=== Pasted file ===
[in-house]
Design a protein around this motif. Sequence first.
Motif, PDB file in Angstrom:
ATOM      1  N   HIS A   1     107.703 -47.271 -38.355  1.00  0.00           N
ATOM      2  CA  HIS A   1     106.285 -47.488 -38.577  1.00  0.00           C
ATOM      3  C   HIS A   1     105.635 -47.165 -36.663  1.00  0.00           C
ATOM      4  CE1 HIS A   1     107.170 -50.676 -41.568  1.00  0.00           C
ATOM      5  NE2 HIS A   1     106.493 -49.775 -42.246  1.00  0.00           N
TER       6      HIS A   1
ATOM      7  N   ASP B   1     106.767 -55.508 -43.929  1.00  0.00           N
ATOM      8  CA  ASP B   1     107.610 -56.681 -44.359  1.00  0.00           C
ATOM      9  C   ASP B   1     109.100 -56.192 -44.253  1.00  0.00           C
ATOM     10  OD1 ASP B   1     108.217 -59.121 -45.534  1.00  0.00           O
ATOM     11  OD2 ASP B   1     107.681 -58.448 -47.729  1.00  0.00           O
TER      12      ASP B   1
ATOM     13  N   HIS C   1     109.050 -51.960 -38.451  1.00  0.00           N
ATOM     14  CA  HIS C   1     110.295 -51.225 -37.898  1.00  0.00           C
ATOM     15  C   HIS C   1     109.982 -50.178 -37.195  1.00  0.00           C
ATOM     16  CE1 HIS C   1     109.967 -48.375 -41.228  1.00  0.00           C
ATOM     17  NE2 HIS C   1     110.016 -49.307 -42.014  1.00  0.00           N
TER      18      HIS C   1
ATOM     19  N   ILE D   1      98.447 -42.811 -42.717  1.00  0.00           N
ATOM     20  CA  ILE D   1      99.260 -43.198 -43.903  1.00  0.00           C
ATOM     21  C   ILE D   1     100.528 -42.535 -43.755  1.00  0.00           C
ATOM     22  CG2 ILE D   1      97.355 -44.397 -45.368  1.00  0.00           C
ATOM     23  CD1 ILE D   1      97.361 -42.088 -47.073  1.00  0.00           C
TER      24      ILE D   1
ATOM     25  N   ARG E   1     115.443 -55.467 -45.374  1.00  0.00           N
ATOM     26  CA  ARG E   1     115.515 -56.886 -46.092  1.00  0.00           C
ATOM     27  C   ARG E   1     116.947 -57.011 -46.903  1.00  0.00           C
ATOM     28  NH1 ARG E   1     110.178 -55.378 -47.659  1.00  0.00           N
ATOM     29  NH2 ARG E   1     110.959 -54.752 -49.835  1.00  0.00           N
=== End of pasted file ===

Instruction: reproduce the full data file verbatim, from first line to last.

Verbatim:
[in-house]
Design a protein around this motif. Sequence first.
Motif, PDB file in Angstrom:
ATOM      1  N   HIS A   1     107.703 -47.271 -38.355  1.00  0.00           N
ATOM      2  CA  HIS A   1     106.285 -47.488 -38.577  1.00  0.00           C
ATOM      3  C   HIS A   1     105.635 -47.165 -36.663  1.00  0.00           C
ATOM      4  CE1 HIS A   1     107.170 -50.676 -41.568  1.00  0.00           C
ATOM      5  NE2 HIS A   1     106.493 -49.775 -42.246  1.00  0.00           N
TER       6      HIS A   1
ATOM      7  N   ASP B   1     106.767 -55.508 -43.929  1.00  0.00           N
ATOM      8  CA  ASP B   1     107.610 -56.681 -44.359  1.00  0.00           C
ATOM      9  C   ASP B   1     109.100 -56.192 -44.253  1.00  0.00           C
ATOM     10  OD1 ASP B   1     108.217 -59.121 -45.534  1.00  0.00           O
ATOM     11  OD2 ASP B   1     107.681 -58.448 -47.729  1.00  0.00           O
TER      12      ASP B   1
ATOM     13  N   HIS C   1     109.050 -51.960 -38.451  1.00  0.00           N
ATOM     14  CA  HIS C   1     110.295 -51.225 -37.898  1.00  0.00           C
ATOM     15  C   HIS C   1     109.982 -50.178 -37.195  1.00  0.00           C
ATOM     16  CE1 HIS C   1     109.967 -48.375 -41.228  1.00  0.00           C
ATOM     17  NE2 HIS C   1     110.016 -49.307 -42.014  1.00  0.00           N
TER      18      HIS C   1
ATOM     19  N   ILE D   1      98.447 -42.811 -42.717  1.00  0.00           N
ATOM     20  CA  ILE D   1      99.260 -43.198 -43.903  1.00  0.00           C
ATOM     21  C   ILE D   1     100.528 -42.535 -43.755  1.00  0.00           C
ATOM     22  CG2 ILE D   1      97.355 -44.397 -45.368  1.00  0.00           C
ATOM     23  CD1 ILE D   1      97.361 -42.088 -47.073  1.00  0.00           C
TER      24      ILE D   1
ATOM     25  N   ARG E   1     115.443 -55.467 -45.374  1.00  0.00           N
ATOM     26  CA  ARG E   1     115.515 -56.886 -46.092  1.00  0.00           C
ATOM     27  C   ARG E   1     116.947 -57.011 -46.903  1.00  0.00           C
ATOM     28  NH1 ARG E   1     110.178 -55.378 -47.659  1.00  0.00           N
ATOM     29  NH2 ARG E   1     110.959 -54.752 -49.835  1.00  0.00           N